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HomeGo To PakistanPakistani fans prefer changing 'Lenovo' to 'Lenevivo' than have Naseem Shah English-shamed

Pakistani fans prefer changing ‘Lenovo’ to ‘Lenevivo’ than have Naseem Shah English-shamed

Many fans pointed to the regressive and ‘colonial’ attitude of Indian Twitter users for mocking a Pakistani cricketer for not being proficient in a foreign language.

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New Delhi: Pakistani cricket fans who came to the defence of bowler Naseem Shah after he stumbled over the pronunciation of ‘Lenovo’ have found a rather unique solution that would circumvent future gaffes. Change the name of the tech giant to ‘Lenevivo’.

Naseem Shah’s legion of fans have even launched a petition on Twitter pushing for a name change after a video of Shah went viral recently.

The viral video shows an edited snippet of an interview featuring the 19-year-old cricketer with Mohammad Nawaz as they discuss technology with the Quetta Gladiators media team.

The video garnered several mean reactions, with Indian Twitter users mocking Shah’s spoken English skills as he spelled out Lenovo and pronounced it as ‘Lenevivo’. However, Pakistani Twitter users are not ones to remain quiet as they quickly jumped to Shah’s defence. Many fans pointed to the regressive and ‘colonial’ attitude of some social media users for mocking a Pakistani cricketer for not being proficient in a foreign language.

They also reminded Indians of Shah’s sensational performance against India in the recent Asia Cup tournament. He scored 14 runs off four balls by hitting two celebrated sixes in the last hour and helped his team establish victory over Afghanistan by one wicket.

Also read: Senior Pak ministers booked in terror case for spreading religious hatred against Imran Khan

History of English-shaming

This is not the first time that cricketers–and even athletes—on both sides of the border have been mocked for their poor English skills.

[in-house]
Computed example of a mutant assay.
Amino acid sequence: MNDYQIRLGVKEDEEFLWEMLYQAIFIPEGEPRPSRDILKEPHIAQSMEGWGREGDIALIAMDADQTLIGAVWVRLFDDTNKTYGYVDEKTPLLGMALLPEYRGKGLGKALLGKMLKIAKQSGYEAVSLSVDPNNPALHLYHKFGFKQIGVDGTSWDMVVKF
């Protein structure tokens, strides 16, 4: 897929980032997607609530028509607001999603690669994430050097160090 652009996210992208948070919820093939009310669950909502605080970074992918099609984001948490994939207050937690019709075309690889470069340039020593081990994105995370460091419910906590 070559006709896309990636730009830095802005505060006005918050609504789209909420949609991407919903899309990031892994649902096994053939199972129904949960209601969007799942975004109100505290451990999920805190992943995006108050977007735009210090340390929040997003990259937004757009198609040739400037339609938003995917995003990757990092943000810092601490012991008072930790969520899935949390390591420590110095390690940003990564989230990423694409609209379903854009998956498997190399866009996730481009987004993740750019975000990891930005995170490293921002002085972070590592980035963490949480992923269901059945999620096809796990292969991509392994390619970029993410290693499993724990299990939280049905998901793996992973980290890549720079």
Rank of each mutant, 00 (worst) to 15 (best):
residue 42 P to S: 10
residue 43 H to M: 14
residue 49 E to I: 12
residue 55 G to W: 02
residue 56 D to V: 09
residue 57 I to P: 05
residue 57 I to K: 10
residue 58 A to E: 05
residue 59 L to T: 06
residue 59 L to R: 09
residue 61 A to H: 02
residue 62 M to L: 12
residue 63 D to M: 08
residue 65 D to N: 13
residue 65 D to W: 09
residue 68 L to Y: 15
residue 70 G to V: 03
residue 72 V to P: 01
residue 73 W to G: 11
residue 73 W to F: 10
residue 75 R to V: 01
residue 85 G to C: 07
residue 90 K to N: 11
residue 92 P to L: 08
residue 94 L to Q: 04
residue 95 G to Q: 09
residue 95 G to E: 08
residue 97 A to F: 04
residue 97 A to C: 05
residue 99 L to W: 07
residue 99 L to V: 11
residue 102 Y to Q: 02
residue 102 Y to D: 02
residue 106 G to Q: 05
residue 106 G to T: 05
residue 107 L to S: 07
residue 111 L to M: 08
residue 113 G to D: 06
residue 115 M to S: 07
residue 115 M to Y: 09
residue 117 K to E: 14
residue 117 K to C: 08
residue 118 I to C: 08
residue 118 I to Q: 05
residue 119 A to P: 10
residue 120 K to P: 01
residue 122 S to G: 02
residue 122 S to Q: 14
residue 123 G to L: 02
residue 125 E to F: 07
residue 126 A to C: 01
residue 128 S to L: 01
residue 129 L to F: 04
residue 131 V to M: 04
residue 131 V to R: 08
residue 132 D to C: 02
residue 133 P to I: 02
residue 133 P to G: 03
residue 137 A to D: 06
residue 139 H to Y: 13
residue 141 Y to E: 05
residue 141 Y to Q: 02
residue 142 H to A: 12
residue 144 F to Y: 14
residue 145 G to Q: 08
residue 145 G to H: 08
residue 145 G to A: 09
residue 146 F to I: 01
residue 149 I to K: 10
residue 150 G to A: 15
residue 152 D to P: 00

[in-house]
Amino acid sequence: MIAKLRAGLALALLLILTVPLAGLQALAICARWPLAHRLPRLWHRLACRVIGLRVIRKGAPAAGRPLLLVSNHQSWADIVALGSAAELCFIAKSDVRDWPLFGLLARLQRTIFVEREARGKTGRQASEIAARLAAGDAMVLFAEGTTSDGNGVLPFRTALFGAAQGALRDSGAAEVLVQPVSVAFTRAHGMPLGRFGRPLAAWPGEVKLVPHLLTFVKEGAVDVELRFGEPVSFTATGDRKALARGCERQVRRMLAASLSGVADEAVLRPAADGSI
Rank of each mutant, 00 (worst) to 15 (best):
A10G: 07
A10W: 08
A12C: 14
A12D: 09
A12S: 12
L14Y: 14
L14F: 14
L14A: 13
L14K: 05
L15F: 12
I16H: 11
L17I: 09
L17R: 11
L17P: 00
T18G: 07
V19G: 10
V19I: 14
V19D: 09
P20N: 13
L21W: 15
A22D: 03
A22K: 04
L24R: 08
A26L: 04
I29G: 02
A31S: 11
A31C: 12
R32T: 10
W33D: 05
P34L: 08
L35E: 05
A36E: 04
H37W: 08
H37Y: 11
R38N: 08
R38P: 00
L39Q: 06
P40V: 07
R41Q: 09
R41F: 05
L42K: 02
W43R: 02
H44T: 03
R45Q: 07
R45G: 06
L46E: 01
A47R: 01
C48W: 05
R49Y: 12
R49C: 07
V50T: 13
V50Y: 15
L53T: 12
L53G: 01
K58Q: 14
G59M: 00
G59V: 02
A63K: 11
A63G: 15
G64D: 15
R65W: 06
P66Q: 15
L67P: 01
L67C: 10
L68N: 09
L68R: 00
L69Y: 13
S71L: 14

In countries like India and Pakistan with a colonial past, fluency in English has always been the privilege of the elite and those living in cities. “The language has become another tool for social stratification. The anglophone elite has long looked down on non-speakers, and fluency in English is generally considered a suitable proxy for intelligence and competence,” said the authors of a Harvard Political Review report, ‘Redefining Colonial Legacies’.

Earlier this year, Pakistani skipper Babar Azam was mocked by some Indian Twitter handles for being unable to speak in English during a post-match ceremony. One user tweeted, ‘Even Sarfaraz used to speak better English than Babar Azam.’

Fans defended the skipper, reminding his critics that Babar Azam is currently among the top 5 batters in all the formats of cricket and is leading the ICC Men’s ODI and T20I rankings.

Indian athletes, too, have often been on the receiving end of criticism for their spoken English skills.

Neeraj Chopra, a gold medal-winning track and field athlete too has faced criticism regarding his language skills. He recently addressed the issue, saying, “I know my English is not perfect but I try my best. It has improved a lot with talking to my coach. I know that athletics is a global sport and I want to reach everyone. I know that I can’t find a translator everywhere so I try my best,” in an interview after winning the Diamond League in Zurich earlier this year.

Even the Athletic Federation of India (AFI) faced flak in 2018 for its tweet congratulating athlete Hima Das for her historic win at the IAAF Under-20 World Junior Championships while noting her lack of fluency in the English language.

(Edited by Ratan Priya)

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